Source: Midas Letter, Written By: James West July 31, 2014
The flood of mining companies petitioning Health Canada for a license has petered down to a trickle in recent weeks after Canadian Securities Administors issued a warning to investors questioning the ability of the would-be licensed producers to legally produce a single plant. Since the issuance of a grand total of 12 licenses in 2014, the process appears to have come to a grinding halt, and no more licenses appear to be forthcoming in the immediate term.
What does this mean for investors left holding the empty baggie?
As usual, it comes down to supply and demand.
On the demand side, the requirement for licensed medical marijuana users in Canada to source their bud from Marihuana for Medical Purposes-licensed producers has hit a snag with the granting by Judge Manson in the Supreme Court of Canada of an ‘interlocutory injunction’ to a group of plaintiffs. The plaintiffs argued that they would not be able to afford medical marijuana from licensed producers, who were expecting an average price of between $8 and $12 per gram.
At this point, those who were licensed to grow under the precursor to the Marijuana for Medical Purposes, the Medical Marihuana Access Regulations, can still grow their own, or have someone grow it for them.
On the supply side, there has yet to materialize any evidence to suggest that the 12 currently producing licensees are facing anything resembling a shortage. And in terms of demand from investors for medical marijuana companies who are actually growing and shipping medical marijuana, there remains but one choice.
Tweed Marijuana Inc (TSX:TWD)’s valuation seems to be holding steady in the $100 – 120 million range, which would be a reflection as much of its last financing price ($3.20 a share) as the fact that it remains the country’s only publicly traded licensed marijuana grower. The financial statements released by the company for its first quarter of 2014 ended March 31 reported no revenue as they hadn’t shipped any marijuana at that point, so we still don’t know whether or not the company is actually making money.
The company paid $3.6 million in total cash plus half a million shares for a 350,000 square foot facility in Niagara-on-the-Lake, Ontario in the second quarter, so that will certainly negatively impact 2nd quarter results. The acquisition consists of the building plus a ‘license application in progress’, which is a ballsy move on the company’s part.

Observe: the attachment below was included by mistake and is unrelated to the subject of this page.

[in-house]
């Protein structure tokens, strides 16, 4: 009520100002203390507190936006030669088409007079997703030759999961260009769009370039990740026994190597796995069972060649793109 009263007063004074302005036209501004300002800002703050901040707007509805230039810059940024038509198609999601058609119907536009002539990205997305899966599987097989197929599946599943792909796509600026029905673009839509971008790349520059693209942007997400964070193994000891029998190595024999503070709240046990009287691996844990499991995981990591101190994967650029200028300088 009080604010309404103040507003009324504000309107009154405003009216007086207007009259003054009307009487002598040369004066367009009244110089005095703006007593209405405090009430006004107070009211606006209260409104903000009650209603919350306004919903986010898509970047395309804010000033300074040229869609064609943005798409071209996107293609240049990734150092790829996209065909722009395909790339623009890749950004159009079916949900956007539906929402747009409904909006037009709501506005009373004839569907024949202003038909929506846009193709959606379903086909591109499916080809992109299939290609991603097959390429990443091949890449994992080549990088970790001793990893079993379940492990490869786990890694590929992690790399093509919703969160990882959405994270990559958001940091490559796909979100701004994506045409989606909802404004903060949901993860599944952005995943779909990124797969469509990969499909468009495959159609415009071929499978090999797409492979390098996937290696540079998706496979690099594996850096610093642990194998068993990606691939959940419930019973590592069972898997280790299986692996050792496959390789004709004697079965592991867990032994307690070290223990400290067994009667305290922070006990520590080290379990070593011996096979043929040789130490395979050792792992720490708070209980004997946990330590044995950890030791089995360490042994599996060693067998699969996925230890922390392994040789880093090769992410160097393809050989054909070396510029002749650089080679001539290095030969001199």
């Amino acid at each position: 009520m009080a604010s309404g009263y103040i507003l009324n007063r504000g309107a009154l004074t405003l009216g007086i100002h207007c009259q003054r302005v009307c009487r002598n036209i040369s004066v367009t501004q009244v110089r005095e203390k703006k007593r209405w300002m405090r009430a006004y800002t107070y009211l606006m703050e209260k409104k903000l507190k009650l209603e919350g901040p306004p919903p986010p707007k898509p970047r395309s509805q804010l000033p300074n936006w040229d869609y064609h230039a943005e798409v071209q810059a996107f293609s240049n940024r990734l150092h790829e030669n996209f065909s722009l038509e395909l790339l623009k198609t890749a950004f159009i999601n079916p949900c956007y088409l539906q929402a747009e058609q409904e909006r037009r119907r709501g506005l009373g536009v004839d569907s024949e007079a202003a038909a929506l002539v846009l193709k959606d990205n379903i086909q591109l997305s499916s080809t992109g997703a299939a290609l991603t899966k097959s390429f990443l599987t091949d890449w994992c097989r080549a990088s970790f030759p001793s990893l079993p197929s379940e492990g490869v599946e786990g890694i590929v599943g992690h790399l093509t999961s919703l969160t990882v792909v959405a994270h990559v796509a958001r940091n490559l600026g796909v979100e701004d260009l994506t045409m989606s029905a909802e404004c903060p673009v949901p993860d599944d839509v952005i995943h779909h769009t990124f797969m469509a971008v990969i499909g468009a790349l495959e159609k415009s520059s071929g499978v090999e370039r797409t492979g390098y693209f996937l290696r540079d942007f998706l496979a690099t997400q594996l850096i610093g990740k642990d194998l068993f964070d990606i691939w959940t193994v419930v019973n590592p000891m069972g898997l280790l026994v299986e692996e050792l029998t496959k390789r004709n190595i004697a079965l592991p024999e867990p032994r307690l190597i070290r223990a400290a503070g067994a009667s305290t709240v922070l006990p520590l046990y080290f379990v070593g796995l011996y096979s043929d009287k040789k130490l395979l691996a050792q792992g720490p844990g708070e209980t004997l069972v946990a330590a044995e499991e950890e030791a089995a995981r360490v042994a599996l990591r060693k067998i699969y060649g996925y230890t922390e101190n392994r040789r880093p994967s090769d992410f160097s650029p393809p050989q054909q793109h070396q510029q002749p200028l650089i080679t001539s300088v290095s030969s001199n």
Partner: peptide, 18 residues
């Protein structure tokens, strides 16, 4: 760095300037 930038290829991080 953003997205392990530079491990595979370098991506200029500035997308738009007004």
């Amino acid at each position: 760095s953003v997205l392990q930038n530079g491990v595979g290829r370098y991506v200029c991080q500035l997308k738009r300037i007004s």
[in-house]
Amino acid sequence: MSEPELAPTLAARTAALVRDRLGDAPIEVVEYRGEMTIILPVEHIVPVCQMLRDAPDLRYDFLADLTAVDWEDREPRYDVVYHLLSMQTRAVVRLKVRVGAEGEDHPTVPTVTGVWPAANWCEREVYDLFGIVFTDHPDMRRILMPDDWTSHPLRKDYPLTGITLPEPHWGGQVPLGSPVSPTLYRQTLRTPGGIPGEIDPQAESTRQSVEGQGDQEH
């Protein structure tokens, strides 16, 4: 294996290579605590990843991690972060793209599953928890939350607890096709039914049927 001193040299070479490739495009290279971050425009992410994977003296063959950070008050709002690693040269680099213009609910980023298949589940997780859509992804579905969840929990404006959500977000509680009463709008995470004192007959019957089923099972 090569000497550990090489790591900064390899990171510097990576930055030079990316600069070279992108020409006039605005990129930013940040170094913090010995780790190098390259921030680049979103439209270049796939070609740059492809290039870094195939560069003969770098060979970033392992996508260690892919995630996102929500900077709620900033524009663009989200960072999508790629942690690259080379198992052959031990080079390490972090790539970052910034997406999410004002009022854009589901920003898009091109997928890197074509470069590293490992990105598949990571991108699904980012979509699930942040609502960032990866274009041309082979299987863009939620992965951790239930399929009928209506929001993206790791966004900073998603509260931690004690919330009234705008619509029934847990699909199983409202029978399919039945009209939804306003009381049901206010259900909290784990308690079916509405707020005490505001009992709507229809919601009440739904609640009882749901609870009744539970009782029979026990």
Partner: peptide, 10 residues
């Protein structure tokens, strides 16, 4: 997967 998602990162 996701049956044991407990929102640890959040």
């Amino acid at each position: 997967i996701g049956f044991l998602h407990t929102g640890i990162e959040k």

Mettrum, another licensed producer, is now in the process of becoming pubic by way of a reverse takeover into Capital Pool Company Cinaport Acquisition Corp. (TSXV: CPQ.H), concurrently with a $35 million financing.
And eagerly anticipated Bedrocan Canada should soon be publicly traded. Bedrocan is a Canadian subsidiary of Bedrocan based in the Netherlands, who is the only company that legally ships marijuana for medical use across international borders.
The raft of CSE, TSX Venture and OTC companies who are cashed up but license-free have more or less reached a point of zombie-ism as they can’t move one way or the other without the prized licenses.
Ivan Ross Vrána, principle of Aslan Ross Consulting and a former Health Canada consultant who now assists would-be growers through the license application process, doesn’t think there will be any movement on licenses before the end of summer, as according to him the government ‘shuts down for the summer’.
And there is growing reason to believe there may be no more licenses issued until the outcome of Health Canada’s appeal of the injunction allowing the licensed users of medical marijuana in Canada to continue growing it themselves or having someone grow it for them.
Health Canada Appeal of the ‘Allard Decision’
At this point, it seems likely resumption of the issuance of licenses to marijuana producers in Canada will not likely resume until the outcome of Health Canada’s appeal of what has come to be known as the ‘Allard Decision’ is heard on Februrary 23rd, 2015. I imagine it will likely be up to another 3 months before a judgement is rendered, at which time, assuming the court rejects the plaintiff’s claims and enshrines the MMPR as law, licensing for medical marijuana facilities might resume.
article source: http://www.midasletter.com/2014/07/wheres-canadian-medical-marijuana-licenses/